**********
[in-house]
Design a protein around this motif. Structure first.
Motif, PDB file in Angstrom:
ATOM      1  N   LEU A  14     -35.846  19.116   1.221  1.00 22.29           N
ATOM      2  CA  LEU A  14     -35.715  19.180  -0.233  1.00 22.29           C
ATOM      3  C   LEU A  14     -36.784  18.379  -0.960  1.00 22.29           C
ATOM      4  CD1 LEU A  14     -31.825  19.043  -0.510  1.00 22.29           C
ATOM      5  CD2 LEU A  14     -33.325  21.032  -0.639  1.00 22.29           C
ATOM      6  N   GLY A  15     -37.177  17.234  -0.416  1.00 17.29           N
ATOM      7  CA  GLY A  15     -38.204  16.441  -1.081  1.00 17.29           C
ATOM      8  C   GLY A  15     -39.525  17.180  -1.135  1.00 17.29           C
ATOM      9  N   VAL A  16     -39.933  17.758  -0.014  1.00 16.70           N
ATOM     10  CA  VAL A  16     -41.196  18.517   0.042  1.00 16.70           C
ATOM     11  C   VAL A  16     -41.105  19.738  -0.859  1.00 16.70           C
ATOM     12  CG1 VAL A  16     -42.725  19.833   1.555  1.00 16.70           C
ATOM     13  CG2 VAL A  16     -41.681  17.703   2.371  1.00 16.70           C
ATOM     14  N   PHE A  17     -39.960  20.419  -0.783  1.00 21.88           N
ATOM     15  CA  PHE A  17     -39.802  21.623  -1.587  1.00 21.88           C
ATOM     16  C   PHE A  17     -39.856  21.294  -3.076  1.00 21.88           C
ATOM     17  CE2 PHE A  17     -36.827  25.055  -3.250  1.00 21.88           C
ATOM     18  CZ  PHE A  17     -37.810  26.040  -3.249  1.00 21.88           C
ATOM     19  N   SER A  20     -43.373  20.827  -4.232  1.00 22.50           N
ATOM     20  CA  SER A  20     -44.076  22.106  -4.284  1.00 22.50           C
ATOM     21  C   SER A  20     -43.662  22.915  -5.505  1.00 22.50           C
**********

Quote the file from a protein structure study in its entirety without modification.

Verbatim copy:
[in-house]
Design a protein around this motif. Structure first.
Motif, PDB file in Angstrom:
ATOM      1  N   LEU A  14     -35.846  19.116   1.221  1.00 22.29           N
ATOM      2  CA  LEU A  14     -35.715  19.180  -0.233  1.00 22.29           C
ATOM      3  C   LEU A  14     -36.784  18.379  -0.960  1.00 22.29           C
ATOM      4  CD1 LEU A  14     -31.825  19.043  -0.510  1.00 22.29           C
ATOM      5  CD2 LEU A  14     -33.325  21.032  -0.639  1.00 22.29           C
ATOM      6  N   GLY A  15     -37.177  17.234  -0.416  1.00 17.29           N
ATOM      7  CA  GLY A  15     -38.204  16.441  -1.081  1.00 17.29           C
ATOM      8  C   GLY A  15     -39.525  17.180  -1.135  1.00 17.29           C
ATOM      9  N   VAL A  16     -39.933  17.758  -0.014  1.00 16.70           N
ATOM     10  CA  VAL A  16     -41.196  18.517   0.042  1.00 16.70           C
ATOM     11  C   VAL A  16     -41.105  19.738  -0.859  1.00 16.70           C
ATOM     12  CG1 VAL A  16     -42.725  19.833   1.555  1.00 16.70           C
ATOM     13  CG2 VAL A  16     -41.681  17.703   2.371  1.00 16.70           C
ATOM     14  N   PHE A  17     -39.960  20.419  -0.783  1.00 21.88           N
ATOM     15  CA  PHE A  17     -39.802  21.623  -1.587  1.00 21.88           C
ATOM     16  C   PHE A  17     -39.856  21.294  -3.076  1.00 21.88           C
ATOM     17  CE2 PHE A  17     -36.827  25.055  -3.250  1.00 21.88           C
ATOM     18  CZ  PHE A  17     -37.810  26.040  -3.249  1.00 21.88           C
ATOM     19  N   SER A  20     -43.373  20.827  -4.232  1.00 22.50           N
ATOM     20  CA  SER A  20     -44.076  22.106  -4.284  1.00 22.50           C
ATOM     21  C   SER A  20     -43.662  22.915  -5.505  1.00 22.50           C